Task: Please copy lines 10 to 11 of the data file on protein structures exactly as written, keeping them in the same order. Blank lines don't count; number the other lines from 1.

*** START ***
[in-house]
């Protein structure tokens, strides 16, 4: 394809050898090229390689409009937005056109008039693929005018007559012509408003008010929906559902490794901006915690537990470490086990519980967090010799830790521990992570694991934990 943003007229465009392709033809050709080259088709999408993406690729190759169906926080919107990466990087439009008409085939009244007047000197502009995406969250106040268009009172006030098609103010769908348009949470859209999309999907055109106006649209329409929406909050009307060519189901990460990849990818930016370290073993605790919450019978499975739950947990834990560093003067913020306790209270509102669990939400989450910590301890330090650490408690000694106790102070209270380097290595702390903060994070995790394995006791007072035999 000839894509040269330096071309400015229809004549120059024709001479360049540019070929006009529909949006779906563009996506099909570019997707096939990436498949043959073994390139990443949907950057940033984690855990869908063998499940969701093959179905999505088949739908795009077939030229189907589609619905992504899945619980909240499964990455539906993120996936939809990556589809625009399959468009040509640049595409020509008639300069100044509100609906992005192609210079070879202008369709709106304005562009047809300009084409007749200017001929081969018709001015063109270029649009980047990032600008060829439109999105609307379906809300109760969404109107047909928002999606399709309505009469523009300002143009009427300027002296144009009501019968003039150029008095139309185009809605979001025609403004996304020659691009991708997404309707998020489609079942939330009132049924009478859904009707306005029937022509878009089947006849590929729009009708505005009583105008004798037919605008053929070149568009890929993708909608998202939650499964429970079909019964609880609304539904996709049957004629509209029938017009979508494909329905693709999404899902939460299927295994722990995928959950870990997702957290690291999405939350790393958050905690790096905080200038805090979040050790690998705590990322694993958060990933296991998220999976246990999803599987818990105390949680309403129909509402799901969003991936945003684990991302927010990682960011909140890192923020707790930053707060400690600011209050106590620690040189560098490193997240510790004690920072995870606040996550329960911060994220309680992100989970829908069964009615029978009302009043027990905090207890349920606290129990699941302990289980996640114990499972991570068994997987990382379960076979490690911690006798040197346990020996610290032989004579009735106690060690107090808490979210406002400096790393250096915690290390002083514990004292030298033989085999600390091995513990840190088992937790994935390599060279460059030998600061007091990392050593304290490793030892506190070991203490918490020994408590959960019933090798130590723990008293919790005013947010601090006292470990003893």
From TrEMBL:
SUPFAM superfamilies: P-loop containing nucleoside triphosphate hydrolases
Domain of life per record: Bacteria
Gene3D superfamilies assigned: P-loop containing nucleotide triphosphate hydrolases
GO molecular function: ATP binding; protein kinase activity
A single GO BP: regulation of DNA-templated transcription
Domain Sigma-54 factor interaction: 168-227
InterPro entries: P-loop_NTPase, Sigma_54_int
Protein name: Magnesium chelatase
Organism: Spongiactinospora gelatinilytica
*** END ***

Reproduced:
InterPro entries: P-loop_NTPase, Sigma_54_int
Protein name: Magnesium chelatase